Sort of Interesting Match of the Week #2: Chelsea v. Leicester Sat 8/23 10:00 AM EST
Don’t scoff! The Foxes drew with a strong Everton side in Week 1.
Team that Could Unexpectedly Slip into the Top 4: Everton
As we all know, teams near but not quite in the very top of the table—like the school kids on the periphery of the cool group but unable to make the final leap to the in-crowd—will all be fighting madly throughout the season, trying to impress the cool kids by beating them and slyly slipping into the top 4 or 6 teams. These places are highly coveted seats at the table of European competition—the Champions League and Europa League—each of which carry immense prestige and financial benefits.
But before we think about who can succeed in Europe, let’s take a moment to think about what teams might have a shot at earning their place at next year’s European feast, that is the teams that have a shot at finishing in the top 4 or 6 in the Premier League this year. Going into the season, the most popular ordering was probably: Chelsea, Manchester City, Arsenal, and Manchester United with Liverpool and Everton rounding out the top 6.
Although Liverpool finished 2nd last season, they lost the unstoppable goal scorer Luis Suarez, who scored 31 times in 33 league matches. Liverpool Striker Daniel Sturridge may say that the team doesn’t need Suarez to be as good as they were last year, but he’s lying. Of course, it’s a lie he has to make, so no ethical judgment here, but the Reds will surely miss their star striker of the last 4 seasons and will undoubtedly drop spots to at least Chelsea and probably Arsenal as well.
The Gunners should be strong with a midfield that now includes Chilean World Cup sensation Alexis Sánchez alongside a healthy Aaron Ramsey, hopefully for a full season, but again, their initial performance was shaky. It is still unclear if this midfield will be able to gel and reach its potential. That leaves Manchester United who had such a dominant preseason, including a 3-1 victory over Real Madrid at the Big House—the one belonging to Michigan Football—that pundits assumed the Red Devils were back to their Sir-Alex-Fergson-plus-Paul-Scholes ways. Again, the squad was not impressive on Day One.
If Week 1 performances matter at all–which is a debate on its own– then we see a gaping hole in the standings behind Chelsea and Manchester City, who will not be equaled by any other teams barring multiple injuries and players sleeping with their teammates wives; looking at you John Terry. Who could fill it?
Why not Everton? They finished 5th last season and have been improving steadily each year under gifted manager Roberto Martinez. Well, Ross Barkley’s injury could be one reason the Toffees won’t improve on or replicate last year’s success, but the young stud midfielder should be back to action before midseason. What about Everton’s opening match draw to lowly Leicester City? Both teams played well in that match, Everton conceded on a corner, and we can assume that letting in too many goals won’t be a big issue with “The Human Wall” aka American goalie Tim Howard between the posts.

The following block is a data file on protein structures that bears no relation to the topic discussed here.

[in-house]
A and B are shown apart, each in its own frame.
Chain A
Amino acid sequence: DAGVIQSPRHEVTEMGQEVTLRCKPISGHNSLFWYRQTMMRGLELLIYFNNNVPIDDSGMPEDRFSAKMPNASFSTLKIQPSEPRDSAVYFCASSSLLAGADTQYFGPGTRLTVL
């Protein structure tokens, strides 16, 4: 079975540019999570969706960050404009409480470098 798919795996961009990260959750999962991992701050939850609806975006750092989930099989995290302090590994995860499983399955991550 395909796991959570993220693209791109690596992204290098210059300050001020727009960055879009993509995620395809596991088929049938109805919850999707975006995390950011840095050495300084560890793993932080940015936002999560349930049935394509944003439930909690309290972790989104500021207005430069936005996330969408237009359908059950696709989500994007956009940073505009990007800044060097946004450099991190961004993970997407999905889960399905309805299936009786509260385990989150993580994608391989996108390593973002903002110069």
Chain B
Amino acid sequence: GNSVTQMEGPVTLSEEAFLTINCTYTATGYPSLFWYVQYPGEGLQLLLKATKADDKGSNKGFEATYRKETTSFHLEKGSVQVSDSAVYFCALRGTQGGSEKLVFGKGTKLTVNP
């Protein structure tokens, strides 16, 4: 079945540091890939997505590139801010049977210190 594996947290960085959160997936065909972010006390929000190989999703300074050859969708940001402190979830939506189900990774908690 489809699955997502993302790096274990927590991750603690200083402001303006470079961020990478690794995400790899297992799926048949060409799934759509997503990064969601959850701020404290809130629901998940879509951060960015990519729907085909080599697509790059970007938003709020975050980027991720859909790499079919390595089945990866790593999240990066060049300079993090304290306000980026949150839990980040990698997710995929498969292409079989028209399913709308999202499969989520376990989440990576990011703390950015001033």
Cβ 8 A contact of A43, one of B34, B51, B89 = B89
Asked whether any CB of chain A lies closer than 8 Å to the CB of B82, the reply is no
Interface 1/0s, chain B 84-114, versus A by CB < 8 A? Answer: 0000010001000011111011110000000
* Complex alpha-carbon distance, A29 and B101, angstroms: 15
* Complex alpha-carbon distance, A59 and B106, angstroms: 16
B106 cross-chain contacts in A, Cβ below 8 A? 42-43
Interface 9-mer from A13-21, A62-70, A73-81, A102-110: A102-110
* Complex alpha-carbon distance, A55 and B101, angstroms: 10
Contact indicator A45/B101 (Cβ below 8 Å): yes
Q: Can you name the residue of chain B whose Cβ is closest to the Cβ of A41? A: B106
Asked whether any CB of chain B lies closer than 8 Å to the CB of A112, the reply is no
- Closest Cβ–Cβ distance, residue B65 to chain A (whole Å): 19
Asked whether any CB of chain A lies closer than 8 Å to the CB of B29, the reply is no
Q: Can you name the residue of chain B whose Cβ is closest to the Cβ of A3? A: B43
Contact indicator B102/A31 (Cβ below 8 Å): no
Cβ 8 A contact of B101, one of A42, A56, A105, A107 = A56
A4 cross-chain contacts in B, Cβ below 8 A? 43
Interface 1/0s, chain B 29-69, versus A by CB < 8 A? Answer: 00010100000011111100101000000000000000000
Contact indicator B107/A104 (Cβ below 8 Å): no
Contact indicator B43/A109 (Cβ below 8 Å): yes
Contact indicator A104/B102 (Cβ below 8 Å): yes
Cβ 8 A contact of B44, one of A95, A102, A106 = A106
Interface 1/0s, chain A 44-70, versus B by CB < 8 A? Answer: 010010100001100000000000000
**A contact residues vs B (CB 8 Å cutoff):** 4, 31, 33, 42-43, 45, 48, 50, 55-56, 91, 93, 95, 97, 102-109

If Barkley can return to full strength on time, Everton could surpass crosstown rivals Liverpool and teetering Manchester United in the league this season. With Spurs looking weaker than last year and Manchester United’s class unclear, the sixth spot in the league may also be in contention, and a team like Southampton—even with all of the offseason transfers out of the club—could find themselves fighting for a chance at European glory. We can all get excited and put our party hats on, because this season is going to be a more even, more tenacious, more exciting roller coaster ride than we’ve seen in a while.
Huge Match of the Week #1: Man City v. Liverpool Mon 8/25 3:00 PM EST
Huge Match of the Week #2: Everton v. Arsenal Sat 8/23 12:30 PM EST
Our prediction for the top 6 of the table goes:
- Manchester City
- Manchester United
But as we make premature predictions, it’s important to remember Yoda’s words of advice once again: “Difficult to see. Always in motion is the future”…Except for the top of the table, which is going to be Chelsea and Man City. I mean, it has to be, right Yoda? Ugh, can it just be Saturday again already?
by Jake Montgomery